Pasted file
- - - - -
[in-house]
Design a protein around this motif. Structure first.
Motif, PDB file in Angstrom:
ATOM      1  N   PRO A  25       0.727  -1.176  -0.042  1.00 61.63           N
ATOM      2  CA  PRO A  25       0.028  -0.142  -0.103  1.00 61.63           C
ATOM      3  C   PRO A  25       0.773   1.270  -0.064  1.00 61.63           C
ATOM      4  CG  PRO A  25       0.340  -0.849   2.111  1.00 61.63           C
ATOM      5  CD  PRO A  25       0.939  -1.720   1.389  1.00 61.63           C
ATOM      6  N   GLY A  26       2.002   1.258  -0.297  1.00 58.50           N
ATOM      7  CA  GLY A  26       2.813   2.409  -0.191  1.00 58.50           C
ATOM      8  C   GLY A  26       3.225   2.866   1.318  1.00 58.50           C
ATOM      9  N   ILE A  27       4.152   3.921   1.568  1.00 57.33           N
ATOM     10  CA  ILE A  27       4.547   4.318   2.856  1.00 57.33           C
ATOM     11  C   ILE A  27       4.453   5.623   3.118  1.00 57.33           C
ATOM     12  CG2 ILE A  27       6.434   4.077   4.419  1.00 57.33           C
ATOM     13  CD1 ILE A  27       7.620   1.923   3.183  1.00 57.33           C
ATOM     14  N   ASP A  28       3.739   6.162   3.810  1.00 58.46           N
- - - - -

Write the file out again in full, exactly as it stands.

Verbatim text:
[in-house]
Design a protein around this motif. Structure first.
Motif, PDB file in Angstrom:
ATOM      1  N   PRO A  25       0.727  -1.176  -0.042  1.00 61.63           N
ATOM      2  CA  PRO A  25       0.028  -0.142  -0.103  1.00 61.63           C
ATOM      3  C   PRO A  25       0.773   1.270  -0.064  1.00 61.63           C
ATOM      4  CG  PRO A  25       0.340  -0.849   2.111  1.00 61.63           C
ATOM      5  CD  PRO A  25       0.939  -1.720   1.389  1.00 61.63           C
ATOM      6  N   GLY A  26       2.002   1.258  -0.297  1.00 58.50           N
ATOM      7  CA  GLY A  26       2.813   2.409  -0.191  1.00 58.50           C
ATOM      8  C   GLY A  26       3.225   2.866   1.318  1.00 58.50           C
ATOM      9  N   ILE A  27       4.152   3.921   1.568  1.00 57.33           N
ATOM     10  CA  ILE A  27       4.547   4.318   2.856  1.00 57.33           C
ATOM     11  C   ILE A  27       4.453   5.623   3.118  1.00 57.33           C
ATOM     12  CG2 ILE A  27       6.434   4.077   4.419  1.00 57.33           C
ATOM     13  CD1 ILE A  27       7.620   1.923   3.183  1.00 57.33           C
ATOM     14  N   ASP A  28       3.739   6.162   3.810  1.00 58.46           N